(This space is reserved for you – a place where you can blow off steam – talk back to the editor. Both bouquets and brickbats are welcome. We’ll print ALMOST anything to which you’ll sign your name.)

George Bernard Shaw, 94-year-old dramatist, trips over some pebbles in his British back yard, breaks a thighbone and is shipped to a nearby hospital for an operation.

The old rooster has been a Socialist since the Latter Bronze age or thereabout. Socialist medicine is now in full blast throughout Great Britain. All ordinary medical services are “free,” meaning paid for out of taxes, so you get the pleasant illusion that it’s costing you nothing when you accept such aid.

Does Shaw go in for Socialist medicine in this case? He does not. He’s one of the rotten rich whom he has always professionally denounced, and stingier with his dough than almost any other living wealthy person. Nevertheless, he kicks old Karl Marx, founder of Socialism in the teeth. Shaw demands a private room at $6.08 a day, for which he will have to pay out of his own fishhooked pocket, and specialist services, for which he will also have to pay.

When top-drawer Socialists like Shaw, Attlee and Bevin can’t take their own brand of Socialist medicine, just how good or how desirable for anybody is that medicine?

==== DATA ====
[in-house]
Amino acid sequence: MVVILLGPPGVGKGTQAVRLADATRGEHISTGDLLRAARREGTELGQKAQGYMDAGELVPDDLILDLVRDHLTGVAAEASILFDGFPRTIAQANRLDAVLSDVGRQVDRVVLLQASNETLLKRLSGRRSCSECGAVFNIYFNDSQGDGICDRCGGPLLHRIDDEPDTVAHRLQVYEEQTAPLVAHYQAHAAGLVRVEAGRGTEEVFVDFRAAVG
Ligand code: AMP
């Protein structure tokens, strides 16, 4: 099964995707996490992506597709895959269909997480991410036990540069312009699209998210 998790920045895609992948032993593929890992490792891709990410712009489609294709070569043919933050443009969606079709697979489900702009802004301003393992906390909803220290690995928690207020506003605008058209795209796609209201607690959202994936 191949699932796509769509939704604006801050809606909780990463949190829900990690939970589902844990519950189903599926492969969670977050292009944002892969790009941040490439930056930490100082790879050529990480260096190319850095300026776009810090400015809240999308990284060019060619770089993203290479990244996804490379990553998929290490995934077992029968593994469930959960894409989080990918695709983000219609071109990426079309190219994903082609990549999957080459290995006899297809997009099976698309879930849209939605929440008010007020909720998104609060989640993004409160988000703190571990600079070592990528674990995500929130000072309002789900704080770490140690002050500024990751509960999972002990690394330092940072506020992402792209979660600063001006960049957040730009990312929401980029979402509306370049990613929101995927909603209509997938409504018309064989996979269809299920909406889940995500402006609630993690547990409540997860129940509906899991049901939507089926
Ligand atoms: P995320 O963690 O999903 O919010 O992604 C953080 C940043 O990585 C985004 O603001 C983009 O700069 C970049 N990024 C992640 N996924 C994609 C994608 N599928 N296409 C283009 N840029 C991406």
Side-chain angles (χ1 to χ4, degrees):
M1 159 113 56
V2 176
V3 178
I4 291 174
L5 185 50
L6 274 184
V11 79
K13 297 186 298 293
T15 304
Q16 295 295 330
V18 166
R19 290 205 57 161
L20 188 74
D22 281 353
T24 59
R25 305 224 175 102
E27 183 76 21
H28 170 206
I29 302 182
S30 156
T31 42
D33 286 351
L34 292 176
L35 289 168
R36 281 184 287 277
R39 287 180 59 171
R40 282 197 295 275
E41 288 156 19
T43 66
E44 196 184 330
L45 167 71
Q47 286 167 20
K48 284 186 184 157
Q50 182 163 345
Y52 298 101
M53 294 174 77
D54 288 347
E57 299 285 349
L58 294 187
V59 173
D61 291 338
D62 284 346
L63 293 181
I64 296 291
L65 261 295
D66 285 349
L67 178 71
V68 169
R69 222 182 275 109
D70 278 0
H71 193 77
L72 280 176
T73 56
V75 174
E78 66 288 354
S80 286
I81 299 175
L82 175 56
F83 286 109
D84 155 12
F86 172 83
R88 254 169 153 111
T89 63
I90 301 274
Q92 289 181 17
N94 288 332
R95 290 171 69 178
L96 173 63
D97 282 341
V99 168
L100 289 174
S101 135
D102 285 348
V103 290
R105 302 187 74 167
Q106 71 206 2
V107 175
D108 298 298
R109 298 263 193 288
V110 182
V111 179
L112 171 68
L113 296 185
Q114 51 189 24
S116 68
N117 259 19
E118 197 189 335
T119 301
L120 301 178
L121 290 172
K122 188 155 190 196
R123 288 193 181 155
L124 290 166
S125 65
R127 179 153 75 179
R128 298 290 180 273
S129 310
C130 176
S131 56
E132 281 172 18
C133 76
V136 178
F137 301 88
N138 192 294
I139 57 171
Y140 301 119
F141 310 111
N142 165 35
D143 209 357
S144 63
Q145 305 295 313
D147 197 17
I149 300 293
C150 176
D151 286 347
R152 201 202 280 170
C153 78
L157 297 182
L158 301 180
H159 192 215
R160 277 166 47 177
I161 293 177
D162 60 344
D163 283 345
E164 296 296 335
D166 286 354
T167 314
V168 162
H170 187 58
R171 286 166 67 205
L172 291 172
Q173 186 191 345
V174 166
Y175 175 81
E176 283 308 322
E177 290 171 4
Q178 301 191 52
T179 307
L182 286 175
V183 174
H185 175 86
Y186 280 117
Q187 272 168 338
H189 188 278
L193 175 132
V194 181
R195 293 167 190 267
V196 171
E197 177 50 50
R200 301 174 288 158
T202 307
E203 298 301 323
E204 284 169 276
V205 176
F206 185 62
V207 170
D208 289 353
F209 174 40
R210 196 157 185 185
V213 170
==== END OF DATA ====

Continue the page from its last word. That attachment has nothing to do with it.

It is doubtful that our Society has ever heard a more brilliantly delivered talk than that of Dr. Hans Selye as he unfolded the story of the development of the adaptation syndrome which he and his colleagues have worked out over the past fifteen years. Our Society was treated at our September meeting to a scholarly presentation such as we are not like to hear again for a long time.

In 1936 Dr. Selye was interested in the possibility of finding a new ovarian hormone, other than an estrogen or progesterone. In the course of the investigations it was found that the extracts used for injection into experimental animals caused certain characteristic changes: 1) gastro-intestinal ulcers, 2) thymic and lymphatic atrophy, 3) hypertrophy of the adrenal cortex. It was found that these changes were not due to any ovarian hormone and it was soon discovered that other substances could produce the same effects. It was found that the more impure the extract, the more extensive were the changes and it was felt that toxicity of the substance had something to do with the reaction.. It was subsequently discovered that anything causing stress will do the same thing – cold, pain, excitement, etc.

Stress proved to be a very useful word, not much used in somatic medicine, though since Selye’s introduction of the term it has been generally accepted. The adrenal and lymphatic changes and intestinal ulcers represent somatic reactions to stress. This set of circumstances is called the alarm reaction.

It is now known that the thymico-lymphatic atrophy is due to corticoid activity. The ulcers are an example of a pure damage change, a sign of the lost battle in the stress reaction.